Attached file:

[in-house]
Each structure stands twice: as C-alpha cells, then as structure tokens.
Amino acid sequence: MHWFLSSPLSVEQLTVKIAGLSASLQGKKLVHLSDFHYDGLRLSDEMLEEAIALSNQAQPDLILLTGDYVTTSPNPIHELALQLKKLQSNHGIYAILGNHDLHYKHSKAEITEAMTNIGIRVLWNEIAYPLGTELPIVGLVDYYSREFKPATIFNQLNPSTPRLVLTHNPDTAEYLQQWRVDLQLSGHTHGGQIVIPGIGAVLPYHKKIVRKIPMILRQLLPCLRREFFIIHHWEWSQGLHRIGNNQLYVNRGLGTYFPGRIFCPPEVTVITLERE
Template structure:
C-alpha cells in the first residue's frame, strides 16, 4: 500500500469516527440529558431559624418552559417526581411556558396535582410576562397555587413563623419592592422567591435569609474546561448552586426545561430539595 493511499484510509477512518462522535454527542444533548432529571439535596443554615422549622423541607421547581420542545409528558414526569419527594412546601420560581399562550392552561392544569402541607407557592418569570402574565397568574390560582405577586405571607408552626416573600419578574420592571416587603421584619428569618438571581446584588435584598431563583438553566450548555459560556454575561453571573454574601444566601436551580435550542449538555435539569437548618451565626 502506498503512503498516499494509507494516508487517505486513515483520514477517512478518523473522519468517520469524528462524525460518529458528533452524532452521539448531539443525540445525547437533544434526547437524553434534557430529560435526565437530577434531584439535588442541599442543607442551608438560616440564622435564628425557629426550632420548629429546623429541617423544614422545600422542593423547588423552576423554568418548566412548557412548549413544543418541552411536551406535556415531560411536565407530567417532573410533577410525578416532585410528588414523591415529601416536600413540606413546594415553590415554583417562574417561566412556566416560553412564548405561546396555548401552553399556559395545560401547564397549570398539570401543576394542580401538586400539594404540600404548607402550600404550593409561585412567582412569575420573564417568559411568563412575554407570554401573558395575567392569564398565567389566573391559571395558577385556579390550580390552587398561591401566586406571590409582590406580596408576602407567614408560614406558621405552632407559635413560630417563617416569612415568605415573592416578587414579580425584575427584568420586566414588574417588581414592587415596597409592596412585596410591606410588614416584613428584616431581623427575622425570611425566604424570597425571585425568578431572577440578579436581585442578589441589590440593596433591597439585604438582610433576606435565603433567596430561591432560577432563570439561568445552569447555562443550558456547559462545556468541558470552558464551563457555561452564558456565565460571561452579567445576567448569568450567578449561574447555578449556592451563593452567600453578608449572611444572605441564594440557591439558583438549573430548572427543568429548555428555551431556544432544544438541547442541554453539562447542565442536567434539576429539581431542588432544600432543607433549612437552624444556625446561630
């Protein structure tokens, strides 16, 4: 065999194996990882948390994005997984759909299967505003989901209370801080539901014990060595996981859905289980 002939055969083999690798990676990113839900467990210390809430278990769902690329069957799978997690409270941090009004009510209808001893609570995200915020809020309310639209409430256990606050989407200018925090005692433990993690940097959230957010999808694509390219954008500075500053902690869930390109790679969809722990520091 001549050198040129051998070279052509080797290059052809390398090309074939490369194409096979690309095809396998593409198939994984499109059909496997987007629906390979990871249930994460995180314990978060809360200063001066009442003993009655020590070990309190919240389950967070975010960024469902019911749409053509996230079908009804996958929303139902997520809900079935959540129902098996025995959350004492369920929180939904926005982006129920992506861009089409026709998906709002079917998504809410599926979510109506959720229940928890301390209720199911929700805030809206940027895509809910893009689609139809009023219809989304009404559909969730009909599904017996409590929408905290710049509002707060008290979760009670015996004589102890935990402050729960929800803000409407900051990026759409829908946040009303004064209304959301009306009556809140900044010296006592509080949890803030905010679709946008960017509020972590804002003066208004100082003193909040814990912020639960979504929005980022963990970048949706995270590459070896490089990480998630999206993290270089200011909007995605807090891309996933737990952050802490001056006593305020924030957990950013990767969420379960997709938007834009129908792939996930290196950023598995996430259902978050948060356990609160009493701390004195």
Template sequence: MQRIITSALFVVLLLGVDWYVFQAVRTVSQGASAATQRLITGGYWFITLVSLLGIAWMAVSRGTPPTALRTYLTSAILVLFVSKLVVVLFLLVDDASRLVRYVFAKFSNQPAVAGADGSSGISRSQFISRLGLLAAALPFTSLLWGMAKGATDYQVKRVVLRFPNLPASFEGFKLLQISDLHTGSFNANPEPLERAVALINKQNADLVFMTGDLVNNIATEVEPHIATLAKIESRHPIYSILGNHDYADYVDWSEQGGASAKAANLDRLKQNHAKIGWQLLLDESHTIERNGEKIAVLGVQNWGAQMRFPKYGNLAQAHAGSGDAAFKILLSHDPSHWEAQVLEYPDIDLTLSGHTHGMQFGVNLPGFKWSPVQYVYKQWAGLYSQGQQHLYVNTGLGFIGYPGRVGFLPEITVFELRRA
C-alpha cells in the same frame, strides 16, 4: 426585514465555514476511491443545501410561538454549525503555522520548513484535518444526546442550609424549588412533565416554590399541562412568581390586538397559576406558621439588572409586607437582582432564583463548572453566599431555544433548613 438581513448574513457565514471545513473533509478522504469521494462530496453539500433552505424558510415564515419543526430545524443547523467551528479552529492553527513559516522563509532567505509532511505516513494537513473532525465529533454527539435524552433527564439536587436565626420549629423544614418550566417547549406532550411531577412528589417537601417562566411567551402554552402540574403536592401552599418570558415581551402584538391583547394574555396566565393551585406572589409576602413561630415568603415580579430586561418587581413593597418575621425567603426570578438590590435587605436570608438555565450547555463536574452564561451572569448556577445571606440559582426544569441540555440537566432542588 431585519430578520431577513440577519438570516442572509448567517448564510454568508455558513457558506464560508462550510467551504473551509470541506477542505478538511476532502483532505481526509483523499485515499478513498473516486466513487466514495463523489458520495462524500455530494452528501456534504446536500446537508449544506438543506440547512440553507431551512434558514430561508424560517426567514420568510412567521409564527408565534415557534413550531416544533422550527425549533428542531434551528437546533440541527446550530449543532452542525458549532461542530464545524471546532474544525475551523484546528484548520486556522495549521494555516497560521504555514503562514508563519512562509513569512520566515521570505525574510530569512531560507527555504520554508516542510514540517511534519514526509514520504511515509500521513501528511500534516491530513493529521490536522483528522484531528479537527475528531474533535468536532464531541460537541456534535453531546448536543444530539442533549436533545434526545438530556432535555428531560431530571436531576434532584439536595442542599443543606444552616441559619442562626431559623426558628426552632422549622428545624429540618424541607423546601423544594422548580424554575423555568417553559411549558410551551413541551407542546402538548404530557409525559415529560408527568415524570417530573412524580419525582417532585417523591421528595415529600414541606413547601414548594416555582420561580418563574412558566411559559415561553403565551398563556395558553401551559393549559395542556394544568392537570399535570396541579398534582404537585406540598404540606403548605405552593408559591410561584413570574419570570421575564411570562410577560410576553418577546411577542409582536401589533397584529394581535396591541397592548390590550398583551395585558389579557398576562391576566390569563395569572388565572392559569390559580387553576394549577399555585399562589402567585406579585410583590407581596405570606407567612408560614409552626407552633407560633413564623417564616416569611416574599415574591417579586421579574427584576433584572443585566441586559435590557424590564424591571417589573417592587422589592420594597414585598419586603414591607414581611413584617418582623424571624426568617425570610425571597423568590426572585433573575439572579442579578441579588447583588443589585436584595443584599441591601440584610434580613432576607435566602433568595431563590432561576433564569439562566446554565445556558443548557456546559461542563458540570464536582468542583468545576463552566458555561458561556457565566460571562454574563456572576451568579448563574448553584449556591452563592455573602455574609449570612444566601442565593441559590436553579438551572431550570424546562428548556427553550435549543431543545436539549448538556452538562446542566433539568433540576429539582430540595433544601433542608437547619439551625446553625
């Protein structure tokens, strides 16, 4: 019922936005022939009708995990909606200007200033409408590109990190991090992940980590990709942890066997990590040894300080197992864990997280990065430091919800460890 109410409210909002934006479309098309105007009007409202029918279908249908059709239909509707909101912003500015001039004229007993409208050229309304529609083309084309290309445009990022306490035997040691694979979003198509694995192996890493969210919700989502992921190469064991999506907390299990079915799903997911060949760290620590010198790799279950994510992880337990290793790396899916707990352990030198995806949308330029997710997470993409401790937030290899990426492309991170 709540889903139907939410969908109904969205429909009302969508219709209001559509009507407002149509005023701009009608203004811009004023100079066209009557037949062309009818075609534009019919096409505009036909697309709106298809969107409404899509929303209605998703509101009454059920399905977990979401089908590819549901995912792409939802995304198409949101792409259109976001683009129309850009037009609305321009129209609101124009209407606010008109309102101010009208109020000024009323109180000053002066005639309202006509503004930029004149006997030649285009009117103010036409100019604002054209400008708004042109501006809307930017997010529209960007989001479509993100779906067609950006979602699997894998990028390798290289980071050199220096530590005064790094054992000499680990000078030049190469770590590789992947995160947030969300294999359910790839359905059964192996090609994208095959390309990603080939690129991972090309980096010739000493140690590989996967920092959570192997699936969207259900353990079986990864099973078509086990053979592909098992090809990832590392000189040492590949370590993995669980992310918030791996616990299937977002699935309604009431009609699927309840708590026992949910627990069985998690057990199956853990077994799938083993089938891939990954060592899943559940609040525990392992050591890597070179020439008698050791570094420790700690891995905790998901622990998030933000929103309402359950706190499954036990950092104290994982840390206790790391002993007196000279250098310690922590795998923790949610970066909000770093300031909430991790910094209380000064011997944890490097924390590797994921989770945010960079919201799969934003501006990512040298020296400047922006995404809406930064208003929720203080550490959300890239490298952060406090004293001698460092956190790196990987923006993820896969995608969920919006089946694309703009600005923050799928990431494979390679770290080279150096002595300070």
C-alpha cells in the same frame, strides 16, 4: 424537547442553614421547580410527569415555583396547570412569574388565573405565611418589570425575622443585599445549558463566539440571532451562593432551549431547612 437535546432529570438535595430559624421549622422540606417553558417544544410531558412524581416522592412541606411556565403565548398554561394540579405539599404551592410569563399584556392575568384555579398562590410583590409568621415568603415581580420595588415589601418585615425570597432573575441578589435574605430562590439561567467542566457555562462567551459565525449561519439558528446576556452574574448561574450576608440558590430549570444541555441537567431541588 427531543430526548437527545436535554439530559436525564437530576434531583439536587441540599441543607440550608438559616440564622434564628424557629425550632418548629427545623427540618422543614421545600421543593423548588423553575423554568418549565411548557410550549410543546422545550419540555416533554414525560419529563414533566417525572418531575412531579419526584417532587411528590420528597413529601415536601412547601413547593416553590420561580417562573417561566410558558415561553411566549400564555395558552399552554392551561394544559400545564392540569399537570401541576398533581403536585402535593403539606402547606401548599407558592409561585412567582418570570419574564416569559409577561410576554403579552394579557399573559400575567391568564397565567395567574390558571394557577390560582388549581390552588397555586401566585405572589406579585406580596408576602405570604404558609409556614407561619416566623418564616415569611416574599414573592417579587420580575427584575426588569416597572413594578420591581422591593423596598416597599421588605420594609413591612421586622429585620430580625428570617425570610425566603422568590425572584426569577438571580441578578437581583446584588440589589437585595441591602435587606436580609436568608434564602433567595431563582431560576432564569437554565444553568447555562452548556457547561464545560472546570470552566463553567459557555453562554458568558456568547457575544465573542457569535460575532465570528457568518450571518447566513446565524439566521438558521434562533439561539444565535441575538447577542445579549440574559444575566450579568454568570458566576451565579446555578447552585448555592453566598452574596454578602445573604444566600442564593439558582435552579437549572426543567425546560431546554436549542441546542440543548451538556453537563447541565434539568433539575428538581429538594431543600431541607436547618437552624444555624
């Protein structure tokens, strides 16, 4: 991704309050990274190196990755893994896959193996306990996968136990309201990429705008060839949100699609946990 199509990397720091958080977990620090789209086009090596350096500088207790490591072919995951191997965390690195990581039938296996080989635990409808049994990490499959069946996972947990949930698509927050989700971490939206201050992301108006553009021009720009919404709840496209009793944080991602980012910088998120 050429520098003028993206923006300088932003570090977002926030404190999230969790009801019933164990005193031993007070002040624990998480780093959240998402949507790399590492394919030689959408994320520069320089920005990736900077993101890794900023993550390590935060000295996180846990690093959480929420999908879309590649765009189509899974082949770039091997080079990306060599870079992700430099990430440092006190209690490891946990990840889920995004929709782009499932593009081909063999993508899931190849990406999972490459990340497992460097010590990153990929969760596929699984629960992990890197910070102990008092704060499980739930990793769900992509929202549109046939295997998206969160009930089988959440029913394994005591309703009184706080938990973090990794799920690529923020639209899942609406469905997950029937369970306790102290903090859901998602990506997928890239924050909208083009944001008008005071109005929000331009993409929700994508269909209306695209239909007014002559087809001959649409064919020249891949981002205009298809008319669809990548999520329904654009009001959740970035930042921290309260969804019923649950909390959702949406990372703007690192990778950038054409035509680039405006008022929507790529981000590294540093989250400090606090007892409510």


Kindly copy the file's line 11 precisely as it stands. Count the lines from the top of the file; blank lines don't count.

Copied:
């Protein structure tokens, strides 16, 4: 991704309050990274190196990755893994896959193996306990996968136990309201990429705008060839949100699609946990 199509990397720091958080977990620090789209086009090596350096500088207790490591072919995951191997965390690195990581039938296996080989635990409808049994990490499959069946996972947990949930698509927050989700971490939206201050992301108006553009021009720009919404709840496209009793944080991602980012910088998120 050429520098003028993206923006300088932003570090977002926030404190999230969790009801019933164990005193031993007070002040624990998480780093959240998402949507790399590492394919030689959408994320520069320089920005990736900077993101890794900023993550390590935060000295996180846990690093959480929420999908879309590649765009189509899974082949770039091997080079990306060599870079992700430099990430440092006190209690490891946990990840889920995004929709782009499932593009081909063999993508899931190849990406999972490459990340497992460097010590990153990929969760596929699984629960992990890197910070102990008092704060499980739930990793769900992509929202549109046939295997998206969160009930089988959440029913394994005591309703009184706080938990973090990794799920690529923020639209899942609406469905997950029937369970306790102290903090859901998602990506997928890239924050909208083009944001008008005071109005929000331009993409929700994508269909209306695209239909007014002559087809001959649409064919020249891949981002205009298809008319669809990548999520329904654009009001959740970035930042921290309260969804019923649950909390959702949406990372703007690192990778950038054409035509680039405006008022929507790529981000590294540093989250400090606090007892409510």